At this stage, it is important to differentiate between a scrappage policy and a policy for retirement of vehicles or end-of-life of vehicles (ELVs). A scrappage policy that provided financial incentives for the purchase of fuel-efficient vehicles in exchange of dismantling of old vehicles is generally adopted as a one-time measure to help automobile manufacturers facing a steep plunge in demand. The US government’s 2009 programme, “cash for clunkers”, is one example. By contrast, an “end-of-life vehicle (ELV) is a comprehensive regulation that sets the rule for the dismantling and recycling of end-of-life vehicles.
An end-of-life vehicle (ELV) is a vehicle that is no longer usable either due to natural aging, wear and tear or due to damage caused by accidents. The priority of ELV legislation is to prevent waste arising out of the disposal of the ELVs and to promote the prevention of waste, the ELV Directive places extended producer responsibility (EPR) as a policy approach under which manufacturers are given responsibility for the treatment or disposal of an ELVs. The EPR, inter alia, includes:
- Vehicle manufacturers to restrict the use of hazardous substances (especially lead, mercury, cadmium) in vehicles and to reduce them as far as possible to prevent their release into the environment, make recycling easier and avoid the need to dispose of hazardous waste.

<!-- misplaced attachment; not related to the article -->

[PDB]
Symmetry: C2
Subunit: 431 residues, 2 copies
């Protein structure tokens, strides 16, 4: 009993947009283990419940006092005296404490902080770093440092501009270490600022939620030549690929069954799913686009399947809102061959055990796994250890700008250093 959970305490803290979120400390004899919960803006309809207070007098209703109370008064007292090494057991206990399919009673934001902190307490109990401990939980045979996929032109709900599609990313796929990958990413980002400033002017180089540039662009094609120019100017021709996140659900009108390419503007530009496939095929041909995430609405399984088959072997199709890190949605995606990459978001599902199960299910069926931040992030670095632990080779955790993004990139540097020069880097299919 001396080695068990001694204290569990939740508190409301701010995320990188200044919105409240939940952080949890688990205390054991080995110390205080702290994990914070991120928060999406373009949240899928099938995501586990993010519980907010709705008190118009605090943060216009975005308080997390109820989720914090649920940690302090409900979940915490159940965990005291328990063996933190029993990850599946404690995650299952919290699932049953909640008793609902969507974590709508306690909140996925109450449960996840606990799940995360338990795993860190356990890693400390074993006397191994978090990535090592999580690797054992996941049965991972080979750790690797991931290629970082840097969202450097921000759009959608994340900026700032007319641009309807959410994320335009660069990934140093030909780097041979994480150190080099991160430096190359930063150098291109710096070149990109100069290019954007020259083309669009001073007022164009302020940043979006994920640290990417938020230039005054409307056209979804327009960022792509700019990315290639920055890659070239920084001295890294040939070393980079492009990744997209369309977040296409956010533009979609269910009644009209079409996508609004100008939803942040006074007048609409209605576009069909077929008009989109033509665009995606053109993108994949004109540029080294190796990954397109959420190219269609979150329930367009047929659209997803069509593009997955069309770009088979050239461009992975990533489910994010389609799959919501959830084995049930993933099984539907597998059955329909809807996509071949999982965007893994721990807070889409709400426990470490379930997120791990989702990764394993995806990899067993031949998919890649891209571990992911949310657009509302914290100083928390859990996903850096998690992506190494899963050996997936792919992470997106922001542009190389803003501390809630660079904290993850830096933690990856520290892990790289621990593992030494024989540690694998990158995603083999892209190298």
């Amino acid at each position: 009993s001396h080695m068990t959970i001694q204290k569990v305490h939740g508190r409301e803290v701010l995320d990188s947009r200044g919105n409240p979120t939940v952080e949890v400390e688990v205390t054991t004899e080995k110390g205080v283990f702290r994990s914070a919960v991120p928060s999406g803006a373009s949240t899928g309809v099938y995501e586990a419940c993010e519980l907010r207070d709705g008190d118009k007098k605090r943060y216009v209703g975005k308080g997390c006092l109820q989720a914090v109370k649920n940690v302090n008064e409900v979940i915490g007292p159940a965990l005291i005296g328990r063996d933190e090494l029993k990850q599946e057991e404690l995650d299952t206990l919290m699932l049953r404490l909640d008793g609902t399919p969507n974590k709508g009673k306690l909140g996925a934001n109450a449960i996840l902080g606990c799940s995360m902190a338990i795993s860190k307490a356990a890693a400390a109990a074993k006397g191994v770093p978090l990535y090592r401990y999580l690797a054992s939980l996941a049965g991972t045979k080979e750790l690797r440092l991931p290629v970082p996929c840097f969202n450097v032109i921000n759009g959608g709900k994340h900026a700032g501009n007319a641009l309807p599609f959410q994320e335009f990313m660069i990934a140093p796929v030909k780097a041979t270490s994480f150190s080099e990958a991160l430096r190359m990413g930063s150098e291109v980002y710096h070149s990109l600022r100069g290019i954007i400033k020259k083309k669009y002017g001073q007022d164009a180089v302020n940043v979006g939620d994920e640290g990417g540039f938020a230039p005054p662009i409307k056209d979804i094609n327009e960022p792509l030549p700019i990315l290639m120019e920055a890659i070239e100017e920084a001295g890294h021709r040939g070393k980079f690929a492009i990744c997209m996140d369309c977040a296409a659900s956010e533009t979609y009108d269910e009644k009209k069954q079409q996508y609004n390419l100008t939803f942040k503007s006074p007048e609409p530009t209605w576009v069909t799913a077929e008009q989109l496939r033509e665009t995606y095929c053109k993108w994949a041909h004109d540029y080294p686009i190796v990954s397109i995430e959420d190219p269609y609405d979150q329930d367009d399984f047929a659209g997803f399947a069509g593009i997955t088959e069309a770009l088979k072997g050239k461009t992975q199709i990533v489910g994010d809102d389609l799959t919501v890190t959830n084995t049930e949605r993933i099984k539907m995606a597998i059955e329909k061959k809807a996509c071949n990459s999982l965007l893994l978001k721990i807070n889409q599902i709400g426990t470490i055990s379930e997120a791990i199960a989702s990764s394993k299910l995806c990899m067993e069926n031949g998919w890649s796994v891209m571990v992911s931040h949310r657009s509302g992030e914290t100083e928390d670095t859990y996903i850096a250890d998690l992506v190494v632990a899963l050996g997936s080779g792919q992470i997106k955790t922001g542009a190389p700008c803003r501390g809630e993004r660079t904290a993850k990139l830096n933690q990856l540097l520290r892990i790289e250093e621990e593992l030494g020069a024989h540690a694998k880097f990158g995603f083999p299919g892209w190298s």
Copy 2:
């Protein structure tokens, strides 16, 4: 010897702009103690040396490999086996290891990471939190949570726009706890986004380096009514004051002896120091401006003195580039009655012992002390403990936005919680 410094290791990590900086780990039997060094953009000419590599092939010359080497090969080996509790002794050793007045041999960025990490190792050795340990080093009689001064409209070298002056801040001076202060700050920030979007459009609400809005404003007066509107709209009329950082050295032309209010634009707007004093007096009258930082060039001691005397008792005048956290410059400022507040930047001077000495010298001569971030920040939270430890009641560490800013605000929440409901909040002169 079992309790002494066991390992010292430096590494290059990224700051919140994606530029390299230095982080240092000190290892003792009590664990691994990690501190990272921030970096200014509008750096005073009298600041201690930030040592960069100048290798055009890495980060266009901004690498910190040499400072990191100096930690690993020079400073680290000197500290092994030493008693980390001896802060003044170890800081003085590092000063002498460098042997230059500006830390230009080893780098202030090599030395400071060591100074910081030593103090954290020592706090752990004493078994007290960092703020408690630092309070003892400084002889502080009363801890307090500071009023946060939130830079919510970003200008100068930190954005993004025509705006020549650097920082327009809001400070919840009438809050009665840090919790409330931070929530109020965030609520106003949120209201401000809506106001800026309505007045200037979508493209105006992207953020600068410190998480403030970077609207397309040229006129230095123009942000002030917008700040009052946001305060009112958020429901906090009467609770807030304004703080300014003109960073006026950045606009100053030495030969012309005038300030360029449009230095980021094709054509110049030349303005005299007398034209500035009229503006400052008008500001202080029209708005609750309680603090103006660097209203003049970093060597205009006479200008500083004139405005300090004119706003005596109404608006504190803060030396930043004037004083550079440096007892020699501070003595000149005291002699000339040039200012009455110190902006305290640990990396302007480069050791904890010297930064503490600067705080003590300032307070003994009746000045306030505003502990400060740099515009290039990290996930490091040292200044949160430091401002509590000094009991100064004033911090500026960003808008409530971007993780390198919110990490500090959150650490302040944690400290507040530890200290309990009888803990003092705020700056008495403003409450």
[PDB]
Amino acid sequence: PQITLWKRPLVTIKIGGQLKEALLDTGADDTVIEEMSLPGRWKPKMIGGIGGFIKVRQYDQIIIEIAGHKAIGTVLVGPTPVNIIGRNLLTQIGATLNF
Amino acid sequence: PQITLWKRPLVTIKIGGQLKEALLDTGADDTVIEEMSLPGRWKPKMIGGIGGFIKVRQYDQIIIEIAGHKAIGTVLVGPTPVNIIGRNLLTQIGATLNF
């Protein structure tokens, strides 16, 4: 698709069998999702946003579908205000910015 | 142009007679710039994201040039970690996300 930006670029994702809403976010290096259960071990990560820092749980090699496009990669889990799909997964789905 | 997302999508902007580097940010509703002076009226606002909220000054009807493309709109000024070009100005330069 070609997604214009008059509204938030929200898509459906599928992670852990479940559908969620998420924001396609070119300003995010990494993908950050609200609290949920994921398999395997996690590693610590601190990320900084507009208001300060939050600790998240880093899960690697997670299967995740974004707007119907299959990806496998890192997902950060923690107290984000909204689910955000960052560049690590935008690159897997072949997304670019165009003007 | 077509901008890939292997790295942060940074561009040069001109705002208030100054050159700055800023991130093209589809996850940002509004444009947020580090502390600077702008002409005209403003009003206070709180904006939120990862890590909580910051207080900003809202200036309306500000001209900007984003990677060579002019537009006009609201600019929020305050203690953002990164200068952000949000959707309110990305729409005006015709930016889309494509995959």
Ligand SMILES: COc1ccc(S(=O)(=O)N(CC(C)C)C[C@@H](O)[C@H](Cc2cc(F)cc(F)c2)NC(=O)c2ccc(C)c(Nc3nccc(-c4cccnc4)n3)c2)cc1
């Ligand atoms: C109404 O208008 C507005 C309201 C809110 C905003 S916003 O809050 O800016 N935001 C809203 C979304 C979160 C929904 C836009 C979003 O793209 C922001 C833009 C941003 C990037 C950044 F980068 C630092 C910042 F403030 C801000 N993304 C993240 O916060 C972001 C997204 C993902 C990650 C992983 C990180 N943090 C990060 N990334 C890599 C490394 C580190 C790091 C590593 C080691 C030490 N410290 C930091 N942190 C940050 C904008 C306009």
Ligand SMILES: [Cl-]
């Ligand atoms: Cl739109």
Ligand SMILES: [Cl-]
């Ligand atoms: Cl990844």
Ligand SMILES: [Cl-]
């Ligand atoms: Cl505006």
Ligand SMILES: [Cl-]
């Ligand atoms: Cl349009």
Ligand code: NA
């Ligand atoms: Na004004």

- The design and production/assembly of new vehicles should be done in a manner that facilitates the dismantling, reuse, and recovery of components and materials.
- Vehicle manufacturers, in partnership with the suppliers of material and components, are pushed to increase the use of recycled material in vehicles to develop the markets for recycled materials.
Therefore, an ELV regulation sets its priority on environment conservation, circular economy, and sustainable development. With these targets, the regulation places the responsibility to achieve the stated objectives on four major stakeholders — the manufacturer, the last owner, the dismantling/recycling industry, and the regulating authority. The EU countries are among the first to propose legislation to tackle environmental problems created by the disposal of ELVs. Currently, most of the developed countries like the UK, Australia, and Japan have legislations to force vehicle manufacturers to recover and recycle their ELVs. In the US, no specific legislation exists at the federal level and each state has its legislation, and thus the target and procedures to achieve it varies.